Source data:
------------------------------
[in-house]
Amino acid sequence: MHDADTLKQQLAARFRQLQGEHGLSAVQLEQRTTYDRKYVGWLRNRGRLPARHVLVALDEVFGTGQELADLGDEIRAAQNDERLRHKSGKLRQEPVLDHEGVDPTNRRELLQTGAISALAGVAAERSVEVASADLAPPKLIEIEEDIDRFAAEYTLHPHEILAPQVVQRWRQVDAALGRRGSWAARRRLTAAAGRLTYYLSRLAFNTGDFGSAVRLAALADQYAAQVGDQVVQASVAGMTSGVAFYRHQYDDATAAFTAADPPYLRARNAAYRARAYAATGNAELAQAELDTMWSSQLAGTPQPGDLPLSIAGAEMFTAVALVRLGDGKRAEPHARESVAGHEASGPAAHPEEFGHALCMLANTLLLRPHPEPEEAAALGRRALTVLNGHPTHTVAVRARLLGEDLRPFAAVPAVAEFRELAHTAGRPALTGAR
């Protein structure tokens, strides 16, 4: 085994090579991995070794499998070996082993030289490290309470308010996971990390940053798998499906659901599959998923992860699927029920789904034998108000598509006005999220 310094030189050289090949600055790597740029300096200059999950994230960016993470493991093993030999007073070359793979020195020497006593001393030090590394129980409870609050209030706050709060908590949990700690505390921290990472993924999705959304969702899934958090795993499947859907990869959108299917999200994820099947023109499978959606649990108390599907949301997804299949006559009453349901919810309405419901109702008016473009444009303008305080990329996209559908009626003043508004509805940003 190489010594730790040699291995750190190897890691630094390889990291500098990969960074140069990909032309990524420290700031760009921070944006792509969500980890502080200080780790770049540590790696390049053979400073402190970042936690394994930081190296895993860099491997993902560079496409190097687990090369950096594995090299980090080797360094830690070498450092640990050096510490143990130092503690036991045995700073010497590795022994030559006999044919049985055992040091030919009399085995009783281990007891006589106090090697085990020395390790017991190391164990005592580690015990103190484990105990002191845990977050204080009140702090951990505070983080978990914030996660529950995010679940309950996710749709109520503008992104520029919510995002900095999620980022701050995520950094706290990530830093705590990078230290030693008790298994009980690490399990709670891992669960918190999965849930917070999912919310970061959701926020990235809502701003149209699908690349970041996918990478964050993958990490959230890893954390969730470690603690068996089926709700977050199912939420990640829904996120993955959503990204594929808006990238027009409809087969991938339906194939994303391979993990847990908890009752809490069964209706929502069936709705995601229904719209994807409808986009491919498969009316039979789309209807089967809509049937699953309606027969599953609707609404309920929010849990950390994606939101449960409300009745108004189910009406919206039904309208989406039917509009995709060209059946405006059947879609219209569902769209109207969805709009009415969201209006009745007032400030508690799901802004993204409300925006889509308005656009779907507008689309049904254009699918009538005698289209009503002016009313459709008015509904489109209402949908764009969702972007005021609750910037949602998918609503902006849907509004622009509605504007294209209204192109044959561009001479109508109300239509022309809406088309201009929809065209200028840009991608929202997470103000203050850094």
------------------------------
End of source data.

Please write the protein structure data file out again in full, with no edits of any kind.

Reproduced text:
[in-house]
Amino acid sequence: MHDADTLKQQLAARFRQLQGEHGLSAVQLEQRTTYDRKYVGWLRNRGRLPARHVLVALDEVFGTGQELADLGDEIRAAQNDERLRHKSGKLRQEPVLDHEGVDPTNRRELLQTGAISALAGVAAERSVEVASADLAPPKLIEIEEDIDRFAAEYTLHPHEILAPQVVQRWRQVDAALGRRGSWAARRRLTAAAGRLTYYLSRLAFNTGDFGSAVRLAALADQYAAQVGDQVVQASVAGMTSGVAFYRHQYDDATAAFTAADPPYLRARNAAYRARAYAATGNAELAQAELDTMWSSQLAGTPQPGDLPLSIAGAEMFTAVALVRLGDGKRAEPHARESVAGHEASGPAAHPEEFGHALCMLANTLLLRPHPEPEEAAALGRRALTVLNGHPTHTVAVRARLLGEDLRPFAAVPAVAEFRELAHTAGRPALTGAR
């Protein structure tokens, strides 16, 4: 085994090579991995070794499998070996082993030289490290309470308010996971990390940053798998499906659901599959998923992860699927029920789904034998108000598509006005999220 310094030189050289090949600055790597740029300096200059999950994230960016993470493991093993030999007073070359793979020195020497006593001393030090590394129980409870609050209030706050709060908590949990700690505390921290990472993924999705959304969702899934958090795993499947859907990869959108299917999200994820099947023109499978959606649990108390599907949301997804299949006559009453349901919810309405419901109702008016473009444009303008305080990329996209559908009626003043508004509805940003 190489010594730790040699291995750190190897890691630094390889990291500098990969960074140069990909032309990524420290700031760009921070944006792509969500980890502080200080780790770049540590790696390049053979400073402190970042936690394994930081190296895993860099491997993902560079496409190097687990090369950096594995090299980090080797360094830690070498450092640990050096510490143990130092503690036991045995700073010497590795022994030559006999044919049985055992040091030919009399085995009783281990007891006589106090090697085990020395390790017991190391164990005592580690015990103190484990105990002191845990977050204080009140702090951990505070983080978990914030996660529950995010679940309950996710749709109520503008992104520029919510995002900095999620980022701050995520950094706290990530830093705590990078230290030693008790298994009980690490399990709670891992669960918190999965849930917070999912919310970061959701926020990235809502701003149209699908690349970041996918990478964050993958990490959230890893954390969730470690603690068996089926709700977050199912939420990640829904996120993955959503990204594929808006990238027009409809087969991938339906194939994303391979993990847990908890009752809490069964209706929502069936709705995601229904719209994807409808986009491919498969009316039979789309209807089967809509049937699953309606027969599953609707609404309920929010849990950390994606939101449960409300009745108004189910009406919206039904309208989406039917509009995709060209059946405006059947879609219209569902769209109207969805709009009415969201209006009745007032400030508690799901802004993204409300925006889509308005656009779907507008689309049904254009699918009538005698289209009503002016009313459709008015509904489109209402949908764009969702972007005021609750910037949602998918609503902006849907509004622009509605504007294209209204192109044959561009001479109508109300239509022309809406088309201009929809065209200028840009991608929202997470103000203050850094």